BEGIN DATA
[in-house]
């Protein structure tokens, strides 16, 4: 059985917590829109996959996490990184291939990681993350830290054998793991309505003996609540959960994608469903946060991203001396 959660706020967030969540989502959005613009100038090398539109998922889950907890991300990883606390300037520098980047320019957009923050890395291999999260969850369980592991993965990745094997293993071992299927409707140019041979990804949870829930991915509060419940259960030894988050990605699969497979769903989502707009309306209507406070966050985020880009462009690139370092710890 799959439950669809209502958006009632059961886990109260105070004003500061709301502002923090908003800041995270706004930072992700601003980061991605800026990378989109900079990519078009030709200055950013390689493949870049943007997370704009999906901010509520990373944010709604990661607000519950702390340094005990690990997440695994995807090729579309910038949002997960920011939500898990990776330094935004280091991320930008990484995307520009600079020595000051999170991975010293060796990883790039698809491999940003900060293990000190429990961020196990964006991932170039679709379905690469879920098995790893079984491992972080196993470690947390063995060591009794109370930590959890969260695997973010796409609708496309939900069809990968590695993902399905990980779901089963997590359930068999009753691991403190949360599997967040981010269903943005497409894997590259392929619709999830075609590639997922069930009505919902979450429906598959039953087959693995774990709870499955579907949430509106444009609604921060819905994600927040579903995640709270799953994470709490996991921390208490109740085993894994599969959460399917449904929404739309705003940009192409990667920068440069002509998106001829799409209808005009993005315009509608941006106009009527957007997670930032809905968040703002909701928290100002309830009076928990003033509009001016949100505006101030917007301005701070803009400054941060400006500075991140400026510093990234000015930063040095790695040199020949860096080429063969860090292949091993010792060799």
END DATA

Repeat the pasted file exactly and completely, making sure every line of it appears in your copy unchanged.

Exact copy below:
[in-house]
């Protein structure tokens, strides 16, 4: 059985917590829109996959996490990184291939990681993350830290054998793991309505003996609540959960994608469903946060991203001396 959660706020967030969540989502959005613009100038090398539109998922889950907890991300990883606390300037520098980047320019957009923050890395291999999260969850369980592991993965990745094997293993071992299927409707140019041979990804949870829930991915509060419940259960030894988050990605699969497979769903989502707009309306209507406070966050985020880009462009690139370092710890 799959439950669809209502958006009632059961886990109260105070004003500061709301502002923090908003800041995270706004930072992700601003980061991605800026990378989109900079990519078009030709200055950013390689493949870049943007997370704009999906901010509520990373944010709604990661607000519950702390340094005990690990997440695994995807090729579309910038949002997960920011939500898990990776330094935004280091991320930008990484995307520009600079020595000051999170991975010293060796990883790039698809491999940003900060293990000190429990961020196990964006991932170039679709379905690469879920098995790893079984491992972080196993470690947390063995060591009794109370930590959890969260695997973010796409609708496309939900069809990968590695993902399905990980779901089963997590359930068999009753691991403190949360599997967040981010269903943005497409894997590259392929619709999830075609590639997922069930009505919902979450429906598959039953087959693995774990709870499955579907949430509106444009609604921060819905994600927040579903995640709270799953994470709490996991921390208490109740085993894994599969959460399917449904929404739309705003940009192409990667920068440069002509998106001829799409209808005009993005315009509608941006106009009527957007997670930032809905968040703002909701928290100002309830009076928990003033509009001016949100505006101030917007301005701070803009400054941060400006500075991140400026510093990234000015930063040095790695040199020949860096080429063969860090292949091993010792060799």